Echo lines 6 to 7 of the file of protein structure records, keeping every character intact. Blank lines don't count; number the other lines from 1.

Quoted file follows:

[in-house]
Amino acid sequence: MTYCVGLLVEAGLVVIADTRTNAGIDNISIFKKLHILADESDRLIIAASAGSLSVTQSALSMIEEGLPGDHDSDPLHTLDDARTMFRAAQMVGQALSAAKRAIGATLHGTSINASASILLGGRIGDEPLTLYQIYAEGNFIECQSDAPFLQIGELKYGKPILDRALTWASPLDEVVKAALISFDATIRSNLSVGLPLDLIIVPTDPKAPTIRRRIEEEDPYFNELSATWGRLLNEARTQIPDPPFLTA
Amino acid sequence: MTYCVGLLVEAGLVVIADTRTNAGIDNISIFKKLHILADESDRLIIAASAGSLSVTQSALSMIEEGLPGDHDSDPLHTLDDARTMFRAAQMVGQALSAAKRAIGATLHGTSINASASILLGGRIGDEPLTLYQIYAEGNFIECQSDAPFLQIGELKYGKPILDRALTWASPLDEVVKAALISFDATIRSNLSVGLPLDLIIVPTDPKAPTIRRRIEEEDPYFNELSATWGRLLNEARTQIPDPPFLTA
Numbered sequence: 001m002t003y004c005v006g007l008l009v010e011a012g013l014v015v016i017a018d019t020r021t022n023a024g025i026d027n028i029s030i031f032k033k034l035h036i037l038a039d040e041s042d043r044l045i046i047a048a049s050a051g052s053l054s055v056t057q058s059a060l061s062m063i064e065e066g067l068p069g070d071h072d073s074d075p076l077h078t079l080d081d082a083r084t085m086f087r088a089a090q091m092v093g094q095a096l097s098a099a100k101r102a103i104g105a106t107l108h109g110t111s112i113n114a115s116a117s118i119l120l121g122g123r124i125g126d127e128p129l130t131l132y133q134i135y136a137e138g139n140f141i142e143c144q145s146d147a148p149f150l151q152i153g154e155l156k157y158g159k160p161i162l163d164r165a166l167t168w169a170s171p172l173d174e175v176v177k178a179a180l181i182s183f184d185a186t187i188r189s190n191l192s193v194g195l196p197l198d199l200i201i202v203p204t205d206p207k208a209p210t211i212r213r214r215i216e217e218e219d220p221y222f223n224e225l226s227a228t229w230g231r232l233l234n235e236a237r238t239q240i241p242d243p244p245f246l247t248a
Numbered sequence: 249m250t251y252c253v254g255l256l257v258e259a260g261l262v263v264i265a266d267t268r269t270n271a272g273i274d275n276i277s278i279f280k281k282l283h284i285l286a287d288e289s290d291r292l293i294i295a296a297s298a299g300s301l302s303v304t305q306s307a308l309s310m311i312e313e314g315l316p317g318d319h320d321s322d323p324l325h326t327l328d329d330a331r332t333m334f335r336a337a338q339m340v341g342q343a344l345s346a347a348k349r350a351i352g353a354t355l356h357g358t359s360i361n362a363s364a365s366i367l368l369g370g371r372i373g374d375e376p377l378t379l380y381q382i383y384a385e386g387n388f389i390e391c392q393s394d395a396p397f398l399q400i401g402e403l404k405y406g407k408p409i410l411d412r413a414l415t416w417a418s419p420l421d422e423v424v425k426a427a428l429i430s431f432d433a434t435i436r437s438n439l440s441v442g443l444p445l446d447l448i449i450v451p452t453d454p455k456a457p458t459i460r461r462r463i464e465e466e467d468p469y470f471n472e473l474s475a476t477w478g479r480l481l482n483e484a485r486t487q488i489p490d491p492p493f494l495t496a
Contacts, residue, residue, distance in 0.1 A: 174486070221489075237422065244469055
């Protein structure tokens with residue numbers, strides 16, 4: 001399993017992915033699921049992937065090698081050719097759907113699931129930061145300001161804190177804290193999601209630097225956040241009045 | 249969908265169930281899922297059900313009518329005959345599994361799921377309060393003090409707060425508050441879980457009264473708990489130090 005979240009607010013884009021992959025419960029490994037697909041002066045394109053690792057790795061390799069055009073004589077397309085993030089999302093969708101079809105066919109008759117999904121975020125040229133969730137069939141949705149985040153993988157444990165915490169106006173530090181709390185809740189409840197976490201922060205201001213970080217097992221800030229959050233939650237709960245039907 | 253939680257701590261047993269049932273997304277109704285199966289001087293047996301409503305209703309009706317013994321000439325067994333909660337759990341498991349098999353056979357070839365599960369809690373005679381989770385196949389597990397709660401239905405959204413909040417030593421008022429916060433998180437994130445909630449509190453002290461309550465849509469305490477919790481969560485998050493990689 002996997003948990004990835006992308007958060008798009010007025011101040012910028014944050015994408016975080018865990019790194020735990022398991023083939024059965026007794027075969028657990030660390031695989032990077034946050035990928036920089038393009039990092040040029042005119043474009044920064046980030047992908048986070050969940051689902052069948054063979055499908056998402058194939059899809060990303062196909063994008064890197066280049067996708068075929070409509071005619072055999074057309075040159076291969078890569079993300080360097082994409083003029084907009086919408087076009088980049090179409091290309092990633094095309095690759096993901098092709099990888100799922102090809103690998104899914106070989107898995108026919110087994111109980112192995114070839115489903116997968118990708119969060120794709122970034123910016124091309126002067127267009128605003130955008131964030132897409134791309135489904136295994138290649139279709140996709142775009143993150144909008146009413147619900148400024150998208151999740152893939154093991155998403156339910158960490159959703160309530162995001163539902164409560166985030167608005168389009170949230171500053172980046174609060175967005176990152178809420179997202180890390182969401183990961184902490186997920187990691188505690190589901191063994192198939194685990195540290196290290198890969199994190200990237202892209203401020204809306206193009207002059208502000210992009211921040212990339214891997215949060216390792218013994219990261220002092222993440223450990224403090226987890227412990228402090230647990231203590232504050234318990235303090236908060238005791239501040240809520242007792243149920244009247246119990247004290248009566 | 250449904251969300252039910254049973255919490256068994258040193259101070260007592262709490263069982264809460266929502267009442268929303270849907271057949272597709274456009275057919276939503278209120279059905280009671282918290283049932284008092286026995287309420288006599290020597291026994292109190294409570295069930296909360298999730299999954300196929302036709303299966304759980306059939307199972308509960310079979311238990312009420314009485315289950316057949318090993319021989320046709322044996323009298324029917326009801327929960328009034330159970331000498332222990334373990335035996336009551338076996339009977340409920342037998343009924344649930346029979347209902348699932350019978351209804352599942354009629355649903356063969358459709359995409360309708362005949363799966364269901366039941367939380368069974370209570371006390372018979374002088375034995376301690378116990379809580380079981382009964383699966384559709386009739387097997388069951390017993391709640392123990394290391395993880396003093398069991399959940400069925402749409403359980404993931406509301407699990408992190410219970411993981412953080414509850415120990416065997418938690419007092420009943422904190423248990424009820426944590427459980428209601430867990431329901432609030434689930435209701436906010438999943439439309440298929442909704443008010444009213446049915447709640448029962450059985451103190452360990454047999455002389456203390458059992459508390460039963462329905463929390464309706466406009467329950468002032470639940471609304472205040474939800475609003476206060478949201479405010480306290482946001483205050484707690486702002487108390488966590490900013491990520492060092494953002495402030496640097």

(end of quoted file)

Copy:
Contacts, residue, residue, distance in 0.1 A: 174486070221489075237422065244469055
């Protein structure tokens with residue numbers, strides 16, 4: 001399993017992915033699921049992937065090698081050719097759907113699931129930061145300001161804190177804290193999601209630097225956040241009045 | 249969908265169930281899922297059900313009518329005959345599994361799921377309060393003090409707060425508050441879980457009264473708990489130090 005979240009607010013884009021992959025419960029490994037697909041002066045394109053690792057790795061390799069055009073004589077397309085993030089999302093969708101079809105066919109008759117999904121975020125040229133969730137069939141949705149985040153993988157444990165915490169106006173530090181709390185809740189409840197976490201922060205201001213970080217097992221800030229959050233939650237709960245039907 | 253939680257701590261047993269049932273997304277109704285199966289001087293047996301409503305209703309009706317013994321000439325067994333909660337759990341498991349098999353056979357070839365599960369809690373005679381989770385196949389597990397709660401239905405959204413909040417030593421008022429916060433998180437994130445909630449509190453002290461309550465849509469305490477919790481969560485998050493990689 002996997003948990004990835006992308007958060008798009010007025011101040012910028014944050015994408016975080018865990019790194020735990022398991023083939024059965026007794027075969028657990030660390031695989032990077034946050035990928036920089038393009039990092040040029042005119043474009044920064046980030047992908048986070050969940051689902052069948054063979055499908056998402058194939059899809060990303062196909063994008064890197066280049067996708068075929070409509071005619072055999074057309075040159076291969078890569079993300080360097082994409083003029084907009086919408087076009088980049090179409091290309092990633094095309095690759096993901098092709099990888100799922102090809103690998104899914106070989107898995108026919110087994111109980112192995114070839115489903116997968118990708119969060120794709122970034123910016124091309126002067127267009128605003130955008131964030132897409134791309135489904136295994138290649139279709140996709142775009143993150144909008146009413147619900148400024150998208151999740152893939154093991155998403156339910158960490159959703160309530162995001163539902164409560166985030167608005168389009170949230171500053172980046174609060175967005176990152178809420179997202180890390182969401183990961184902490186997920187990691188505690190589901191063994192198939194685990195540290196290290198890969199994190200990237202892209203401020204809306206193009207002059208502000210992009211921040212990339214891997215949060216390792218013994219990261220002092222993440223450990224403090226987890227412990228402090230647990231203590232504050234318990235303090236908060238005791239501040240809520242007792243149920244009247246119990247004290248009566 | 250449904251969300252039910254049973255919490256068994258040193259101070260007592262709490263069982264809460266929502267009442268929303270849907271057949272597709274456009275057919276939503278209120279059905280009671282918290283049932284008092286026995287309420288006599290020597291026994292109190294409570295069930296909360298999730299999954300196929302036709303299966304759980306059939307199972308509960310079979311238990312009420314009485315289950316057949318090993319021989320046709322044996323009298324029917326009801327929960328009034330159970331000498332222990334373990335035996336009551338076996339009977340409920342037998343009924344649930346029979347209902348699932350019978351209804352599942354009629355649903356063969358459709359995409360309708362005949363799966364269901366039941367939380368069974370209570371006390372018979374002088375034995376301690378116990379809580380079981382009964383699966384559709386009739387097997388069951390017993391709640392123990394290391395993880396003093398069991399959940400069925402749409403359980404993931406509301407699990408992190410219970411993981412953080414509850415120990416065997418938690419007092420009943422904190423248990424009820426944590427459980428209601430867990431329901432609030434689930435209701436906010438999943439439309440298929442909704443008010444009213446049915447709640448029962450059985451103190452360990454047999455002389456203390458059992459508390460039963462329905463929390464309706466406009467329950468002032470639940471609304472205040474939800475609003476206060478949201479405010480306290482946001483205050484707690486702002487108390488966590490900013491990520492060092494953002495402030496640097």